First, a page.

B. Gagarin flies into space
C. John F. Kennedy’s inauguration
D. The murder of John Lennon
(Garry knows that three of these events happened in 1961, and cleverly works out which one was the earliest.)

9. (1600 lari) Leonid Gaidai’s film ‘Ivan Vasilievich Changes his Profession’ is based on a novel by which author?
A. Ilf and Petrov
B. Alexei Tolstoy
C. Eduard Uspensky
D. Mikhail Bulgakov

10. (3000 lari, second guaranteed prize) The reigning monarch of which country is a five-time Olympic bobsleigh competitor?
A. Monaco
B. Belgium
C. Norway
D. Sweden

Kasparov rejects the correct answer, but is uncertain what to choose. He uses the ‘Ask the Audience’ option and gets it right by a very narrow margin.

11. (4000 lari) Which nervous tic is to be observed in onychophagia?
A. Frequent blinking
B. Nose rubbing
C. Gnashing of teeth
D. Nail biting

12. (6000 lari) How many sovereign states make up the European Union?
A. 18
B. 23
C. 27
D. 30

Kasparov, the memory freak, tries to solve this one by actually naming all the members one by one (try that yourself!). He gets all but one and guesses the nearest number correctly.

13. (8,000 lari) St. Malachy prophesied the name of the last Pope, which is said to be the reason that Popes never choose it. What is that name?
A. Stephen
B. Peter
C. Adrian
D. Alexander

14. (12,000 lari) Which of the following was the last opera of Giuseppe Verdi?
A. Aida
B. Falstaff
C. La Traviata
D. Othello

The Kasparovs used their Fifty-Fifty option here – the computer randomly eliminates two incorrect answer choices, leaving the contestant with a choice between the correct answer and one incorrect one.

15. (20,000 lari) Which of these combinations corresponds to the number 5 in Morse Code?
A. 5 dashes
B. 5 dots
C. 2 dashes 2 dots
D. None of the above

Here the Kasparovs used their Phone-A-Friend option, but unsuccessfully – the time runs out before the friend can come up with a coherent answer. However the charity version of the quiz has an extra lifeline: the contestants may ask for an alternative question. This is what the Kasparovs did.

15. (20,000 lari) Which strait was Louis Blériot the first to fly across on 25 July 1909?

A. The Dardanelles
B. The Bosphorus
C. The Strait of Gibraltar
D. La Manche (The English Channel)

Garry and Dasha spend an inordinate amount of time on this one. Is it a trick question – it seems too easy. Actually they later discovered that the producers had not prepared a difficult question for this final phase, because nobody had got so far in the past.





The answer is correct, the Kasparovs have won 20,000 for the children’s urgently needed heart surgery. Garry told us that in the phone-in action an additional 46,020 lari was donated.
The correct answers are; 1=A, 2=B, 3=C, 4=A, 5=C, 6=B, 7=D,
8=C, 9=D, 10=A, 11=D, 12=C, 13=B, 14=B, 15=B and 15=D.

From Alexandra Kosteniuk’s
Also see her personal blog at

Your chess video class hosted by Chess Queen Alexandra Kosteniuk
Chess blog for latest chess news and chess trivia (c) Alexandra Kosteniuk, 2011


Hi everyone,


A classic chess study for our ongoing chess class based on our award-winning www.chesskillertips.com database. You cannot miss it today. 



CKT 030: Morphy’s Immortal Game
CKT 030: Morphy's Immortal Game
LEVEL: Easy   
CATEGORY: Game

The Immortal 1858 Game between Paul Morphy and Duke Carl and Count Isouard.





From Alexandra Kosteniuk’s
www.chessblog.com
Also see her personal blog at
www.chessqueen.com

Extraordinary exhibitions explore the art of chess
Chess blog for latest chess news and chess trivia (c) Alexandra Kosteniuk, 2011

Hi everyone,


Remember our previous posts about art exhibitions with chess at the Bendigo Art Gallery. Here are the links from our www.chessblog.com posts.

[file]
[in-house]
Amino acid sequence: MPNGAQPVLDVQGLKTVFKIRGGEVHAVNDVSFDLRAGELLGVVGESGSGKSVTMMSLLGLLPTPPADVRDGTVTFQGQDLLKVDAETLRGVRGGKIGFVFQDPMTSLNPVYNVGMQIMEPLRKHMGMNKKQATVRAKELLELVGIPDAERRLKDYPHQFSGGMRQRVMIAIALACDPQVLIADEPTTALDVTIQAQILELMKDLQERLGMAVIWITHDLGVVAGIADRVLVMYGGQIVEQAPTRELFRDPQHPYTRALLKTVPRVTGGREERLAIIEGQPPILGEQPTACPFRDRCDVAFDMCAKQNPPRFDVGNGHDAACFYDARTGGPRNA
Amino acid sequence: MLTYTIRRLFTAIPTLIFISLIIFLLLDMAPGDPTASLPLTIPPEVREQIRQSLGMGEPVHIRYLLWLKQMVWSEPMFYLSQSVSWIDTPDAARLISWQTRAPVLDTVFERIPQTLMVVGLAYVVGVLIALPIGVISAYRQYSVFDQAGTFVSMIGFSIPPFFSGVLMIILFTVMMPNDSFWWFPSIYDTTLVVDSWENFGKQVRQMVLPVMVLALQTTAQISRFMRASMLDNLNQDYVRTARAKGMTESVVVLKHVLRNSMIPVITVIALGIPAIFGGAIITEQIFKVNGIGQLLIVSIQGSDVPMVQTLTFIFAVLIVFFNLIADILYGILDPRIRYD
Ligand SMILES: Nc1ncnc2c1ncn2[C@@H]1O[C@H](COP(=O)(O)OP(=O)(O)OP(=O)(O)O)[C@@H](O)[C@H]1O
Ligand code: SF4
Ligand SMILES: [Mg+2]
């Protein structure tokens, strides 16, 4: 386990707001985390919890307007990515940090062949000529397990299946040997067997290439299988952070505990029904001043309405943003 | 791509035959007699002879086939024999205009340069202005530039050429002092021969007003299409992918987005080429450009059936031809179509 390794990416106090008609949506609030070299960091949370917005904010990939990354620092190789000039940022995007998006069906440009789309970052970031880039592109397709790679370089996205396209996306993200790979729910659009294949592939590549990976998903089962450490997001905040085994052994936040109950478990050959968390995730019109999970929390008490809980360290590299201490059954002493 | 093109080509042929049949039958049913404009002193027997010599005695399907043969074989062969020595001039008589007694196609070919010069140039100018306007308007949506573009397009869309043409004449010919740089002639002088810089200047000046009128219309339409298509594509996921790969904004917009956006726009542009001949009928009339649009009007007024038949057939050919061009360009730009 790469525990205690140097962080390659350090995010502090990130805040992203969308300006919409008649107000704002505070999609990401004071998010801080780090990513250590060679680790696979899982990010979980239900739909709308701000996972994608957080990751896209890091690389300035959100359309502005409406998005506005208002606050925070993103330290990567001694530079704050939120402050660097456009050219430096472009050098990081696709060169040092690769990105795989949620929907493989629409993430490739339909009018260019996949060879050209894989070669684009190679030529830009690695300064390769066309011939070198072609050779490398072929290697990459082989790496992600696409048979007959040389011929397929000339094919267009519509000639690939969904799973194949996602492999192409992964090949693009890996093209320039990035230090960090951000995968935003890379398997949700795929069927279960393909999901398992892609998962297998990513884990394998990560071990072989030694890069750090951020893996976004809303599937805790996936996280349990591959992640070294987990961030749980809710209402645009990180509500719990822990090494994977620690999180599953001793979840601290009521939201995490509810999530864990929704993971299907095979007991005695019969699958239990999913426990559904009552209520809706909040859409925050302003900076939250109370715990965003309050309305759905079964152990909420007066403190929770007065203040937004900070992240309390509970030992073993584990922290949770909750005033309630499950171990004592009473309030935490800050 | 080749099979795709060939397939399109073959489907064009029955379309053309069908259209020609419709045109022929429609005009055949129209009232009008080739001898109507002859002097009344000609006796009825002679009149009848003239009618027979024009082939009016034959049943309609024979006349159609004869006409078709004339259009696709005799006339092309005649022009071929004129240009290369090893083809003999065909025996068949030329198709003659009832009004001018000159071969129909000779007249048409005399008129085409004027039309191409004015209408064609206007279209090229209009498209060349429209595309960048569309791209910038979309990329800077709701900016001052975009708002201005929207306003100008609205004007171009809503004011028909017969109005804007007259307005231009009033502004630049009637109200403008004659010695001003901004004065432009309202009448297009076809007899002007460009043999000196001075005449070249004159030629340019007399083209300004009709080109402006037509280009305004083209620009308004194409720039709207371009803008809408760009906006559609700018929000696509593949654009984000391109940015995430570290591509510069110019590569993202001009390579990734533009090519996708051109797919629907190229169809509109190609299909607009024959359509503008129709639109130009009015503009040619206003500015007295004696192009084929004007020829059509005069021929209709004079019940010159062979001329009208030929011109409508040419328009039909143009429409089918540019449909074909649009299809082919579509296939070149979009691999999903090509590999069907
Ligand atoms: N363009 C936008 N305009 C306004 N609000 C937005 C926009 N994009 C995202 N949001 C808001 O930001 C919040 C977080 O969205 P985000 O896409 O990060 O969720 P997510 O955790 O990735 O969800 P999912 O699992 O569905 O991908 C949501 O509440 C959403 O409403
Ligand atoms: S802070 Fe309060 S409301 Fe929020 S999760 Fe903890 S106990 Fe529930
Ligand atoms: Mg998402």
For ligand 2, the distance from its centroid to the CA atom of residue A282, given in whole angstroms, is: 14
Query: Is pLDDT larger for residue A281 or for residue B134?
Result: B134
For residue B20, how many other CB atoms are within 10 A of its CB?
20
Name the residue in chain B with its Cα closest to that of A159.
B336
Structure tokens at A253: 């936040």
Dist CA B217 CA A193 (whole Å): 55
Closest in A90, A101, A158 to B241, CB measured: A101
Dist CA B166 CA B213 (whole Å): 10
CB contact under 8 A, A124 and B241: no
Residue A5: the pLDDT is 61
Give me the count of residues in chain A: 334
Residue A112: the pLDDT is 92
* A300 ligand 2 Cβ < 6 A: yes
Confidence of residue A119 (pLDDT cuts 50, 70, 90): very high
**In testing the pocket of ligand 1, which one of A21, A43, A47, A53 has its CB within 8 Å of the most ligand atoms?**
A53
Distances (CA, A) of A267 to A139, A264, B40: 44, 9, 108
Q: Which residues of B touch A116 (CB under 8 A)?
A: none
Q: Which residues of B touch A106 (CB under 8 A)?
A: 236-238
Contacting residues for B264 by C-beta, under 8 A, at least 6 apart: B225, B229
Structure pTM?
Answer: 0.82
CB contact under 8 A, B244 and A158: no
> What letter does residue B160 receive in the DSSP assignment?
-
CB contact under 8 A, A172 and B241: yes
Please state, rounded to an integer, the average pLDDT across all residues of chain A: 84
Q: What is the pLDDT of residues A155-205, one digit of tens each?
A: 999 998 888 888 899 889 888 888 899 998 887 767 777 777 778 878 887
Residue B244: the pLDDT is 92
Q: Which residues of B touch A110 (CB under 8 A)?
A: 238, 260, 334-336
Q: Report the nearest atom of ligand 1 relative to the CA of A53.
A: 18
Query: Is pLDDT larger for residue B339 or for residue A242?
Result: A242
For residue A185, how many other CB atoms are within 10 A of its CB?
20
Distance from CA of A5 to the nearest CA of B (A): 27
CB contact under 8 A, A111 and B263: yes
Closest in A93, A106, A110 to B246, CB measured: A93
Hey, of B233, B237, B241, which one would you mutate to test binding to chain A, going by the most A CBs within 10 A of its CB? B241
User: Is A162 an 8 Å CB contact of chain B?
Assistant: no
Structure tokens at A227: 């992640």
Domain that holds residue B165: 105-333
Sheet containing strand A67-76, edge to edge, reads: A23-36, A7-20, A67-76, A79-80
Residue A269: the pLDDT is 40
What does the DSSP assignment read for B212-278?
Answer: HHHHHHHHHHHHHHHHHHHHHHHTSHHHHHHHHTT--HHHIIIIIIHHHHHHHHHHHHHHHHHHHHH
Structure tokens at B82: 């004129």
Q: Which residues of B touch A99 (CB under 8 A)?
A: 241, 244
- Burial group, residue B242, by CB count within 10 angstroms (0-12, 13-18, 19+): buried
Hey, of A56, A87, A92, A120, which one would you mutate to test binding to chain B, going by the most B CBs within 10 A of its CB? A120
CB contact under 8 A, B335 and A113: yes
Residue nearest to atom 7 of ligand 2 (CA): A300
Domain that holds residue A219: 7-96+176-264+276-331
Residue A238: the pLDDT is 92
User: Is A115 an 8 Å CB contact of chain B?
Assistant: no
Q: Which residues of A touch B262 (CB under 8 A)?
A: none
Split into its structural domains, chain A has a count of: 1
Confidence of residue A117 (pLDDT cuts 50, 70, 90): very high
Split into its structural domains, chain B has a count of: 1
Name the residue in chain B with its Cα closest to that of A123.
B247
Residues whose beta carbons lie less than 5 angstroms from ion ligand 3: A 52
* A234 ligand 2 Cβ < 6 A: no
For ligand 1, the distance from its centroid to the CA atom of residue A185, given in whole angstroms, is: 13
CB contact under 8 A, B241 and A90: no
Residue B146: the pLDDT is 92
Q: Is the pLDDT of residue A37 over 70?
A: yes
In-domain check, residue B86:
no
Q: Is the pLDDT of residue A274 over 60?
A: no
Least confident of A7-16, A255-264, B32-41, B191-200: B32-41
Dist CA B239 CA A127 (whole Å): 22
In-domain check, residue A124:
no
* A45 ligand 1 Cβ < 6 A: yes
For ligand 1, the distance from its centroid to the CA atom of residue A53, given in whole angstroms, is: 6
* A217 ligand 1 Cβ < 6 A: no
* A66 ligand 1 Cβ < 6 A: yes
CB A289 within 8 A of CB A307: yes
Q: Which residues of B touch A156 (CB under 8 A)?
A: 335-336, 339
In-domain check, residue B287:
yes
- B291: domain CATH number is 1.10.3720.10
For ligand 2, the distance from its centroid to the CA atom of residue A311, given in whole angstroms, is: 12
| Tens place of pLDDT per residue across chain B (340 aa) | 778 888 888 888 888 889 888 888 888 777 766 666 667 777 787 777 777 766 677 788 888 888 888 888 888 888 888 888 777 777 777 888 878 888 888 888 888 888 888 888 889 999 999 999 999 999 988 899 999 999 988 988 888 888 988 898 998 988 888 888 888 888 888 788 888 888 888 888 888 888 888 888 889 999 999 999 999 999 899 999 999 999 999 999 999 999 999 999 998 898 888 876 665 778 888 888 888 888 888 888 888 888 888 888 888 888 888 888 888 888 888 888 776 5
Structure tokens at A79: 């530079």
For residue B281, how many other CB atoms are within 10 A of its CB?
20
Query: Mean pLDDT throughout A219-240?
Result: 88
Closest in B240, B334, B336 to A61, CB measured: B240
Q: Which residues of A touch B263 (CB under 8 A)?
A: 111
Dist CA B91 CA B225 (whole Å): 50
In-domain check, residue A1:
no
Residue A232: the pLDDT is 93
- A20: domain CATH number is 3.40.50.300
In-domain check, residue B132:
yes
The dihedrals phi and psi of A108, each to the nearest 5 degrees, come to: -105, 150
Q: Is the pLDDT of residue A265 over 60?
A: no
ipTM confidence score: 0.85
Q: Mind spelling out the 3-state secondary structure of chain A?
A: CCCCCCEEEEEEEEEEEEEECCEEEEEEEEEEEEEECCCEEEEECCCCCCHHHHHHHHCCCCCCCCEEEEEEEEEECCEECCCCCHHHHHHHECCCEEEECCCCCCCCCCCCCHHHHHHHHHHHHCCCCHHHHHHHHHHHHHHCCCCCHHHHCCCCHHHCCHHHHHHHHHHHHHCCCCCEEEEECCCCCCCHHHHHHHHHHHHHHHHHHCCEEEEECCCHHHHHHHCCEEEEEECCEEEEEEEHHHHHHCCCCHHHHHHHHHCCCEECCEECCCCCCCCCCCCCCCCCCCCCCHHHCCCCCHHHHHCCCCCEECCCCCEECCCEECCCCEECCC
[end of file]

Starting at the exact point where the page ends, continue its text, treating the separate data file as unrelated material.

Now here’s this nice article about an exhibition beginning on February 26.



Yayoi Kusama Pumpkin chess set 2003
Hand-painted porcelain, leather and timber
© Courtesy of the artist and RS&A Ltd, London

Famous artists including Damien Hirst and Tracey Emin will be among the players when two chess-themed exhibitions open at The University of Queensland tomorrow, February 26.
The Art of Chess, which features works by 15 of some of the most acclaimed international contemporary artists, was secured by UQ Art Museum in collaboration with Bendigo Art Gallery for an exclusive Australian tour.
“The game of chess is traditionally perceived as a subdued, cerebral and introspective activity,” curator Tansy Curtin said.
“However, the creation of new artworks informed by the notion of the game of chess adds a new dimension to the game itself: chess acquires a new visual persona; beauty and drama alongside intrigue and threat become implicit aspects of the game.”
The exhibition incorporates innovative and curious chess sets commissioned from artists including Maurizio Cattelan (Italy), Jake and Dinos Chapman (UK), Oliver Clegg (UK), Tracey Emin (UK), Tom Friedman (USA), Paul Fryer (UK), Damien Hirst (UK), Barbara Kruger (USA), Yayoi Kusama (Japan), Paul McCarthy (USA), Alastair Mackie (UK), Matthew Ronay (USA), Tunga (Brazil), Gavin Turk (UK) and Rachel Whiteread (UK).
Facing off against this stellar line-up is Your Move: Australian artists play chess.
Inspired by The Art of Chess, Bendigo Art Gallery commissioned 13 Australian artists to produce 12 works, commissioned as part of the largest grant ever awarded by Visions of Australia.
Artists featured in Your Move include Benjamin Armstrong, Lionel Bawden, Sebastian Di Mauro, Michael Doolan, Emily Floyd, Claire Healy and Sean Cordeiro, Robert Jacks, Danie Mellor, Kate Rohde, Caroline Rothwell, Sally Smart and Ken Yonetani.
Players in the away team include extraordinary spotted fungal sculptures by Yayoi Kusama; a finely crafted set of glass and silver pill bottles with surgical trolley chessboard by Damien Hirst; and a good versus evil set by Italian artist Maurizio Cattelan that pits Hitler, Rasputin and Al Capone against Martin Luther King, Mother Teresa and Superman.
Players in Your Move include human-animal hybrids, literary characters and beer bottles and coasters set up to play on a rickety Australian picnic table.